UN chief seeks global efforts to safeguard people from mines

UN Secretary General Antonio Guterres at an event in Portugal on Jan. 5, 2023. Screenshot from Reuters video.

In a message on the International Day for Mine Awareness and Assistance in Mine Action, UN Secretary-General Antonio Guterres called for broader global efforts to safeguard people from mines.

“For the millions living amidst the chaos of armed conflicts — especially women and children — every step can put them in danger’s path,” he said.

“Even after the fighting stops, conflicts often leave behind a terrifying legacy: landmines and explosive ordnance that litter communities,” he said. “Peace brings no assurance of safety when roads and fields are mined when unexploded ordnance threatens the return of displaced populations, and when children find and play with shiny objects that explode.”

Meanwhile, United Nations Office for the Coordination of Humanitarian Affairs (UNOCHA) in Afghanistan, in a tweet said that since 1989, almost 57,000 Afghan civilians had been killed or injured by landmines and explosive remnants of war.

The organization said that mine action partners in Afghanistan have cleared over 19M items during this time. It added that more than 4,150 identified hazards remain, posing a lethal threat to communities, particularly children.

The United Nations Mine Action Service gathers partners together to remove these deadly weapons, support national authorities, and ensure safe access to homes, schools, hospitals and farmers’ fields, said the UN chief. He added that the Service also supported the design of the Black Sea Grain Initiative and the safe export of grain and fertilizer from Ukrainian ports.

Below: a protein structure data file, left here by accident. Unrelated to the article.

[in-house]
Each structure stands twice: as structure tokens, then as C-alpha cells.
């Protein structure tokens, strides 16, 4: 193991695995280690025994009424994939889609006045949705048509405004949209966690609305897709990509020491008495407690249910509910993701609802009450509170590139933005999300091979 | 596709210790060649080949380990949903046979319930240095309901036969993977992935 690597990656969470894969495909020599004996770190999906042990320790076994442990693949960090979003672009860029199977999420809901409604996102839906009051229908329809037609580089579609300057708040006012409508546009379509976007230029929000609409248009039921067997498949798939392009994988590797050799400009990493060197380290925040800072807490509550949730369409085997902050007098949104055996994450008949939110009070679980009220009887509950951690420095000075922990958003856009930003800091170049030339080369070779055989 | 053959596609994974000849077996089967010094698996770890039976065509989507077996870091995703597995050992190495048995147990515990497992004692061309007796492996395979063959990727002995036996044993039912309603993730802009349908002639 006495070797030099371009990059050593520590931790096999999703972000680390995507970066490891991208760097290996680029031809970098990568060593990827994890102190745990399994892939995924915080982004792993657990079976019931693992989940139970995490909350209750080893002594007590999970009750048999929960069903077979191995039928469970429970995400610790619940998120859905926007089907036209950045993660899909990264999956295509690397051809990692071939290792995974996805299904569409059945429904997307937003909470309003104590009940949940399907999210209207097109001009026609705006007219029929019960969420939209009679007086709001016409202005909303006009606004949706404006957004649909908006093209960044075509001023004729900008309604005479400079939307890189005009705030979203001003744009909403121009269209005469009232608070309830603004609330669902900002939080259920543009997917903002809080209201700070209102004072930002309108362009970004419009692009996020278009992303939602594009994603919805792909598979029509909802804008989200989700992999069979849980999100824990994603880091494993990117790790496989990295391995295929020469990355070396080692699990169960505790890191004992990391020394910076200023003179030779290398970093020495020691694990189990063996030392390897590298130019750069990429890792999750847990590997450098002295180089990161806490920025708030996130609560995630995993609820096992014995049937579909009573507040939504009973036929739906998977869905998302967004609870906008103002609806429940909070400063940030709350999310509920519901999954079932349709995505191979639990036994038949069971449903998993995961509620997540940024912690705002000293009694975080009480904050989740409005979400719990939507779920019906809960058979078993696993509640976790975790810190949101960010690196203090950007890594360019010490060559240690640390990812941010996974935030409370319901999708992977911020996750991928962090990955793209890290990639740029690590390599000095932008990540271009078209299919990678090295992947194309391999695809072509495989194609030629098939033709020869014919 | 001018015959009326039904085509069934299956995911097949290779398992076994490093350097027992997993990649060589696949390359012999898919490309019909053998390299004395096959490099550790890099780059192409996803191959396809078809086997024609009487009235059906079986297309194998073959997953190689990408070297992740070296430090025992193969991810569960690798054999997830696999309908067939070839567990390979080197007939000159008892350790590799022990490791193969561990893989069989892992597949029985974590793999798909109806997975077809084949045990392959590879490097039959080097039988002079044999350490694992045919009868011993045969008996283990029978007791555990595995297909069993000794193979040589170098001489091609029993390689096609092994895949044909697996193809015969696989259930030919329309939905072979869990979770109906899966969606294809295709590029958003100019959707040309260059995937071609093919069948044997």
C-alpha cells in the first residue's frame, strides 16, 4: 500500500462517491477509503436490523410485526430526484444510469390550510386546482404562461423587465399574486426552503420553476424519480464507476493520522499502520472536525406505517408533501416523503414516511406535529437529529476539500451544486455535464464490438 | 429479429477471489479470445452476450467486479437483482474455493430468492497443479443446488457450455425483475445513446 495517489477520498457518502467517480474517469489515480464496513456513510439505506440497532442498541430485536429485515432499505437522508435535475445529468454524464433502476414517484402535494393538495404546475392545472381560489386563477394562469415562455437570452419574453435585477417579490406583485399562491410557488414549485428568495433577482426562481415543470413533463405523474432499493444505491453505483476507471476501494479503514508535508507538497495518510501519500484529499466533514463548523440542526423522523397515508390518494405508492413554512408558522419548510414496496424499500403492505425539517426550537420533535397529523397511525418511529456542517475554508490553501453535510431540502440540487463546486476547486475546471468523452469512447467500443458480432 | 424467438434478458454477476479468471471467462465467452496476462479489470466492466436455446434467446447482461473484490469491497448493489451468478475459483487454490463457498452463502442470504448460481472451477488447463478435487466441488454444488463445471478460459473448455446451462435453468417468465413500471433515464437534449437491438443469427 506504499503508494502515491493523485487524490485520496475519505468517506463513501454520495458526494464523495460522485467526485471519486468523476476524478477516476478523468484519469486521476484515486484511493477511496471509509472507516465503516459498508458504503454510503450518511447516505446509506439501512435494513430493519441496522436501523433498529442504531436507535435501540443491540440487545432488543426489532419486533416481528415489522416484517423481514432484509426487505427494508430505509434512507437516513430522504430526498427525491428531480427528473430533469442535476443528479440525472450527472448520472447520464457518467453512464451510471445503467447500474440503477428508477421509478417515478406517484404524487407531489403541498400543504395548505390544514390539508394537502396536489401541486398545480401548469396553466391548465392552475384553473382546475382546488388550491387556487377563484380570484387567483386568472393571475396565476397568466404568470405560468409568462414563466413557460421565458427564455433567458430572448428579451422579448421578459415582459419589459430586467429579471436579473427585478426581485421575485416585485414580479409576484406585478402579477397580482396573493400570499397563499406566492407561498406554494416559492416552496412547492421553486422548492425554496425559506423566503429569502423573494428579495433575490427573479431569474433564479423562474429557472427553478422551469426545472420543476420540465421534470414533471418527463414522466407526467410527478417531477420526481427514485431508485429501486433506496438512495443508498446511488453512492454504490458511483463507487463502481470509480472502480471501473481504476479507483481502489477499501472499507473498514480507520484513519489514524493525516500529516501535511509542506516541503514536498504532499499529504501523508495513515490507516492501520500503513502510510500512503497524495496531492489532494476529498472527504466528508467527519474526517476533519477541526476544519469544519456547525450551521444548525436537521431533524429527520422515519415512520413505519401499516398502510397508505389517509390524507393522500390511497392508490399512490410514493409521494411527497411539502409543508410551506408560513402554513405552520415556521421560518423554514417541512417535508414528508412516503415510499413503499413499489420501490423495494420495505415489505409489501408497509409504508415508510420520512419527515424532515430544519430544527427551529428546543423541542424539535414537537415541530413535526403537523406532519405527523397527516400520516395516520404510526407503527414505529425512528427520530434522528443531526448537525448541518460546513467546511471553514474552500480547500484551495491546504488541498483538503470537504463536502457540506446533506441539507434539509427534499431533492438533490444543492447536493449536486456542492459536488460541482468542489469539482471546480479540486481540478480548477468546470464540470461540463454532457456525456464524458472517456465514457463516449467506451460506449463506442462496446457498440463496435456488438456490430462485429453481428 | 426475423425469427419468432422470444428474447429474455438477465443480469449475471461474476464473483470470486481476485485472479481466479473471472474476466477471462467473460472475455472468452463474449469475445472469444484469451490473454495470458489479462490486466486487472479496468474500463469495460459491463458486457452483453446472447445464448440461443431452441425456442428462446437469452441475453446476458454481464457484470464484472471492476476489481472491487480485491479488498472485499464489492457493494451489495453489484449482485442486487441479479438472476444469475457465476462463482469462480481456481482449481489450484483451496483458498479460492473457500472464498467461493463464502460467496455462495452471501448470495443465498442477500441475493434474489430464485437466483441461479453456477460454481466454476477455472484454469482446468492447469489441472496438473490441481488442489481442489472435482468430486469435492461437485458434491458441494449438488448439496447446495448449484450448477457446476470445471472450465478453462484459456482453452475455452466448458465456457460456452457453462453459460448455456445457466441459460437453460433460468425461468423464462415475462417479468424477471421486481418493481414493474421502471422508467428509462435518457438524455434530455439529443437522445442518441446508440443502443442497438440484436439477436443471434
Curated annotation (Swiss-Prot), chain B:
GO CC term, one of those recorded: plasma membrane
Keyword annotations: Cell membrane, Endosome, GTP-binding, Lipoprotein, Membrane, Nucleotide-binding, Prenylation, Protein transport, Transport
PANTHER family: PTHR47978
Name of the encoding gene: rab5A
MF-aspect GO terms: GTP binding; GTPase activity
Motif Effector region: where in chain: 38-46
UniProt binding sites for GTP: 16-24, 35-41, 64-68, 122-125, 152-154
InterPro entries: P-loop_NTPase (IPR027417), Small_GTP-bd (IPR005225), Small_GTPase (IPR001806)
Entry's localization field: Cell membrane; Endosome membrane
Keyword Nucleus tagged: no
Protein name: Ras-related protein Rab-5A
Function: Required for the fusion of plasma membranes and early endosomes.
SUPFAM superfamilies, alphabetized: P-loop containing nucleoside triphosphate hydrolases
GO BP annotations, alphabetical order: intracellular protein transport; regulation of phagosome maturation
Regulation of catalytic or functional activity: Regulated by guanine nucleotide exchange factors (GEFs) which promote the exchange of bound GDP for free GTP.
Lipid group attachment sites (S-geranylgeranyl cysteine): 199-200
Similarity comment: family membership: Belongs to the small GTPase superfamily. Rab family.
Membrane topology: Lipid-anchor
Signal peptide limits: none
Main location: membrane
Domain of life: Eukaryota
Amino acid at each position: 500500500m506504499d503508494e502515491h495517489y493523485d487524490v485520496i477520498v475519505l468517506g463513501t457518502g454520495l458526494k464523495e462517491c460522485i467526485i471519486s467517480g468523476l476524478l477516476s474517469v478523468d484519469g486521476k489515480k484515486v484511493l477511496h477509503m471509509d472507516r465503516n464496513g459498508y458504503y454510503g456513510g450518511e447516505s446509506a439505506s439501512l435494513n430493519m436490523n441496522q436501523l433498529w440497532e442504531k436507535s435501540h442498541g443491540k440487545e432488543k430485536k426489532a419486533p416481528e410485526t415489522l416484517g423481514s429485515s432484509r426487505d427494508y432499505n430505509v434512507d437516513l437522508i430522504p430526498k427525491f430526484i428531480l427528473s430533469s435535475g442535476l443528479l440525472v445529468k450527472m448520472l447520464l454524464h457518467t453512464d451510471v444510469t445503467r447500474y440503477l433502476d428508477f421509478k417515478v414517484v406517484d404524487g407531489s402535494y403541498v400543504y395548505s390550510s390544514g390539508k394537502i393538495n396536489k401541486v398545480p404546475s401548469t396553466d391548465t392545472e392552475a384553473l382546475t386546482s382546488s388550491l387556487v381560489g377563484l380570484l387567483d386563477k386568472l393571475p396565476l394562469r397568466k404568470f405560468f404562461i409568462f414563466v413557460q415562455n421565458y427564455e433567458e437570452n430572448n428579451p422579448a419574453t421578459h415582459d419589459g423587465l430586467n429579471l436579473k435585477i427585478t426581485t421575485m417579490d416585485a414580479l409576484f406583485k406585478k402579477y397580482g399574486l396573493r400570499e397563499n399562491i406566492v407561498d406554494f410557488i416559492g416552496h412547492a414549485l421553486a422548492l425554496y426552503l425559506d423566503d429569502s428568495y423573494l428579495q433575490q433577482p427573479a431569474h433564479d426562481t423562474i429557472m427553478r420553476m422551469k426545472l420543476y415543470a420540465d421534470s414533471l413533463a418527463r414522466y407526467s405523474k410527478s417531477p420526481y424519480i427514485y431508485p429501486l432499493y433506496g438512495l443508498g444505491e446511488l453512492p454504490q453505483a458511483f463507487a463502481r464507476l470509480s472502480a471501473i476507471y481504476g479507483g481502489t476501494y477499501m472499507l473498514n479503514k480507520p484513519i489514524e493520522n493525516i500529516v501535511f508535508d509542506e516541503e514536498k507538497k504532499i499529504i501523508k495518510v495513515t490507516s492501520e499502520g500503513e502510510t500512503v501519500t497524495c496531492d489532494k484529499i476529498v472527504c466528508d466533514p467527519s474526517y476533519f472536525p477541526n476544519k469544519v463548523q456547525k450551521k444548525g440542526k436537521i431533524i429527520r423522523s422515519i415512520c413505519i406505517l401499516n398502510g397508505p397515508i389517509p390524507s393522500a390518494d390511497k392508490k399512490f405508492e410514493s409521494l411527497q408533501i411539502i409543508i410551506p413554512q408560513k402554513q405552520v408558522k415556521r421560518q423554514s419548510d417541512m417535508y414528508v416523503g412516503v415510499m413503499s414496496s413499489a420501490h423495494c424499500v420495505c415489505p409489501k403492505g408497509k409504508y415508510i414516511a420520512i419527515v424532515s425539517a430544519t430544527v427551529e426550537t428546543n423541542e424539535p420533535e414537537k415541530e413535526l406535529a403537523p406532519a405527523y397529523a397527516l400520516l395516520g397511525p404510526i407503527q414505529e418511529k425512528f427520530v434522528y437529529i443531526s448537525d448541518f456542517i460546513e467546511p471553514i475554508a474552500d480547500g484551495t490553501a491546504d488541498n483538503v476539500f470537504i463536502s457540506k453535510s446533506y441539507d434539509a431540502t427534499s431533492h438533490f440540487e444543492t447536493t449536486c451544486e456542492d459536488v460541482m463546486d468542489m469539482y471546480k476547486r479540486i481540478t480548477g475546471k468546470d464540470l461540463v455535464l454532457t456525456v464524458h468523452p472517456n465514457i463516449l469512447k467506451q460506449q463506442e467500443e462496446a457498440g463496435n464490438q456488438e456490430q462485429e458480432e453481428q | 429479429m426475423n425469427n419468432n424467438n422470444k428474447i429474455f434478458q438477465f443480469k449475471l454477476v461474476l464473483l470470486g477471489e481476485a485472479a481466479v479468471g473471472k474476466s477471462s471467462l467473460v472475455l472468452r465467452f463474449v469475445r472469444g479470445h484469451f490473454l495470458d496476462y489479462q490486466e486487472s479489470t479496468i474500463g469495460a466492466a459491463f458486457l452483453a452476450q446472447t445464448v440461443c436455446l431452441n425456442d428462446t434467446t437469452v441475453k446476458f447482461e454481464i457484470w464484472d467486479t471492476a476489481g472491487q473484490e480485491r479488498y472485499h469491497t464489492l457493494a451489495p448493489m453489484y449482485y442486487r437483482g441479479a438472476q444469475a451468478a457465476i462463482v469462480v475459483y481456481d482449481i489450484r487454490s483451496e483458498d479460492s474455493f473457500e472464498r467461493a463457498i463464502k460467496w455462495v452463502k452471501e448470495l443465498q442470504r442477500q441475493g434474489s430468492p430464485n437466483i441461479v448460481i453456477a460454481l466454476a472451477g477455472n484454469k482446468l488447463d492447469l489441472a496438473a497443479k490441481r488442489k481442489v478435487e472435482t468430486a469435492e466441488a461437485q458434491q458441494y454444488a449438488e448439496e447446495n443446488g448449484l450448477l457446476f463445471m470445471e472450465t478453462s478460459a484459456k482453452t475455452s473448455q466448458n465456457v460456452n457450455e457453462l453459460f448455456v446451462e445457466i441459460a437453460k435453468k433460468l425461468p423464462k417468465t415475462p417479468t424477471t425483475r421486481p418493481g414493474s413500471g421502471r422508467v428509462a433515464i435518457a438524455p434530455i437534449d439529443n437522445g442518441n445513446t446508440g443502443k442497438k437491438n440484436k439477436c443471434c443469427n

“I urge Member States to ratify and fully implement the Anti-Personnel Mine Ban Convention, the Convention on Cluster Munitions and the Convention on Certain Conventional Weapons,” Guterres said.

On this International Day, let’s take action to end the threat of these devices of death, support communities as they heal, and help people return and rebuild their lives in safety and security, he concluded.

This comes as unexploded ordnance still takes the lives of dozens of people in Afghanistan annually.

Figures by Taliban’s Directorate of Mine Action Coordination in October showed that civilian casualties from UXO incidents had increased in recent months.

According to the authority, over 500 people were killed or wounded in such incidents over the last year and vast areas need to be cleared of the remnants of war.